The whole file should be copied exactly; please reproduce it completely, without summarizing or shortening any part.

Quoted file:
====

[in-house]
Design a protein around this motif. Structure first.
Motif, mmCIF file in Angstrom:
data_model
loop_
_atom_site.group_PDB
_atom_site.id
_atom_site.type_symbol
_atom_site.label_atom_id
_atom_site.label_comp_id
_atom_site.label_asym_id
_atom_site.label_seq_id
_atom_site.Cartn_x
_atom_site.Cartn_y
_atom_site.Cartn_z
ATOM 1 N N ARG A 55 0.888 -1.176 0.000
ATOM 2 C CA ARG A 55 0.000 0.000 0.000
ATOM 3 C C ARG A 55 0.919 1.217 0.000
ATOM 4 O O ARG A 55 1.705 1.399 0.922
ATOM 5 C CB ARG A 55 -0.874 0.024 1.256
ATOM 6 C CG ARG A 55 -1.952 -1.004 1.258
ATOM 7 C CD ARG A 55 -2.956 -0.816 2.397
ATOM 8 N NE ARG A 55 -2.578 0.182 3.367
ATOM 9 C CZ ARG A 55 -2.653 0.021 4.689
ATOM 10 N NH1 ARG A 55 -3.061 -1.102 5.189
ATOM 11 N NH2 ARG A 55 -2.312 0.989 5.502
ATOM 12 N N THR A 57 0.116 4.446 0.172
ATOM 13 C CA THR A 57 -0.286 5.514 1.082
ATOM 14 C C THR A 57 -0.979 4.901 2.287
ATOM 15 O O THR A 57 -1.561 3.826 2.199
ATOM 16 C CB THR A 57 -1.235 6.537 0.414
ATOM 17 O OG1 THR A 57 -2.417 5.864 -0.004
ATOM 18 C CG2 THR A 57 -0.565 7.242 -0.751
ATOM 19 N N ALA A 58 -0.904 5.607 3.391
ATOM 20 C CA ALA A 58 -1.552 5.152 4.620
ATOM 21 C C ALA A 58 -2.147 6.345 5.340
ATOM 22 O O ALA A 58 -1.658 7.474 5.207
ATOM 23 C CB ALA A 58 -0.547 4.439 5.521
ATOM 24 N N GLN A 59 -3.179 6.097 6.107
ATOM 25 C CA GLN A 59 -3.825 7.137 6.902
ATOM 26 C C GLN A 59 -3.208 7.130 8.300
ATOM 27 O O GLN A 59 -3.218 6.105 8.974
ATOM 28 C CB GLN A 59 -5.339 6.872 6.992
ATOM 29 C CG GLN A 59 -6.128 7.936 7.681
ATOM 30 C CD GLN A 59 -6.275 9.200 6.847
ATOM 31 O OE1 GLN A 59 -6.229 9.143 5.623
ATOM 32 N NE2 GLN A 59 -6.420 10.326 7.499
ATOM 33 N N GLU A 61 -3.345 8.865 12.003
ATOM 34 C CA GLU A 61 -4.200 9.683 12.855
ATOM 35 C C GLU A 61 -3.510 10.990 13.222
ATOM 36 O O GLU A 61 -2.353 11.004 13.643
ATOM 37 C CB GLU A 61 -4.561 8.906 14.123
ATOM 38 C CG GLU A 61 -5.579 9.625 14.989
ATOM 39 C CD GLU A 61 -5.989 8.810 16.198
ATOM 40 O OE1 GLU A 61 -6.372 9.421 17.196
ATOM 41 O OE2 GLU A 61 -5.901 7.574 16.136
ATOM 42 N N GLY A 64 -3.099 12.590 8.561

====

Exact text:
[in-house]
Design a protein around this motif. Structure first.
Motif, mmCIF file in Angstrom:
data_model
loop_
_atom_site.group_PDB
_atom_site.id
_atom_site.type_symbol
_atom_site.label_atom_id
_atom_site.label_comp_id
_atom_site.label_asym_id
_atom_site.label_seq_id
_atom_site.Cartn_x
_atom_site.Cartn_y
_atom_site.Cartn_z
ATOM 1 N N ARG A 55 0.888 -1.176 0.000
ATOM 2 C CA ARG A 55 0.000 0.000 0.000
ATOM 3 C C ARG A 55 0.919 1.217 0.000
ATOM 4 O O ARG A 55 1.705 1.399 0.922
ATOM 5 C CB ARG A 55 -0.874 0.024 1.256
ATOM 6 C CG ARG A 55 -1.952 -1.004 1.258
ATOM 7 C CD ARG A 55 -2.956 -0.816 2.397
ATOM 8 N NE ARG A 55 -2.578 0.182 3.367
ATOM 9 C CZ ARG A 55 -2.653 0.021 4.689
ATOM 10 N NH1 ARG A 55 -3.061 -1.102 5.189
ATOM 11 N NH2 ARG A 55 -2.312 0.989 5.502
ATOM 12 N N THR A 57 0.116 4.446 0.172
ATOM 13 C CA THR A 57 -0.286 5.514 1.082
ATOM 14 C C THR A 57 -0.979 4.901 2.287
ATOM 15 O O THR A 57 -1.561 3.826 2.199
ATOM 16 C CB THR A 57 -1.235 6.537 0.414
ATOM 17 O OG1 THR A 57 -2.417 5.864 -0.004
ATOM 18 C CG2 THR A 57 -0.565 7.242 -0.751
ATOM 19 N N ALA A 58 -0.904 5.607 3.391
ATOM 20 C CA ALA A 58 -1.552 5.152 4.620
ATOM 21 C C ALA A 58 -2.147 6.345 5.340
ATOM 22 O O ALA A 58 -1.658 7.474 5.207
ATOM 23 C CB ALA A 58 -0.547 4.439 5.521
ATOM 24 N N GLN A 59 -3.179 6.097 6.107
ATOM 25 C CA GLN A 59 -3.825 7.137 6.902
ATOM 26 C C GLN A 59 -3.208 7.130 8.300
ATOM 27 O O GLN A 59 -3.218 6.105 8.974
ATOM 28 C CB GLN A 59 -5.339 6.872 6.992
ATOM 29 C CG GLN A 59 -6.128 7.936 7.681
ATOM 30 C CD GLN A 59 -6.275 9.200 6.847
ATOM 31 O OE1 GLN A 59 -6.229 9.143 5.623
ATOM 32 N NE2 GLN A 59 -6.420 10.326 7.499
ATOM 33 N N GLU A 61 -3.345 8.865 12.003
ATOM 34 C CA GLU A 61 -4.200 9.683 12.855
ATOM 35 C C GLU A 61 -3.510 10.990 13.222
ATOM 36 O O GLU A 61 -2.353 11.004 13.643
ATOM 37 C CB GLU A 61 -4.561 8.906 14.123
ATOM 38 C CG GLU A 61 -5.579 9.625 14.989
ATOM 39 C CD GLU A 61 -5.989 8.810 16.198
ATOM 40 O OE1 GLU A 61 -6.372 9.421 17.196
ATOM 41 O OE2 GLU A 61 -5.901 7.574 16.136
ATOM 42 N N GLY A 64 -3.099 12.590 8.561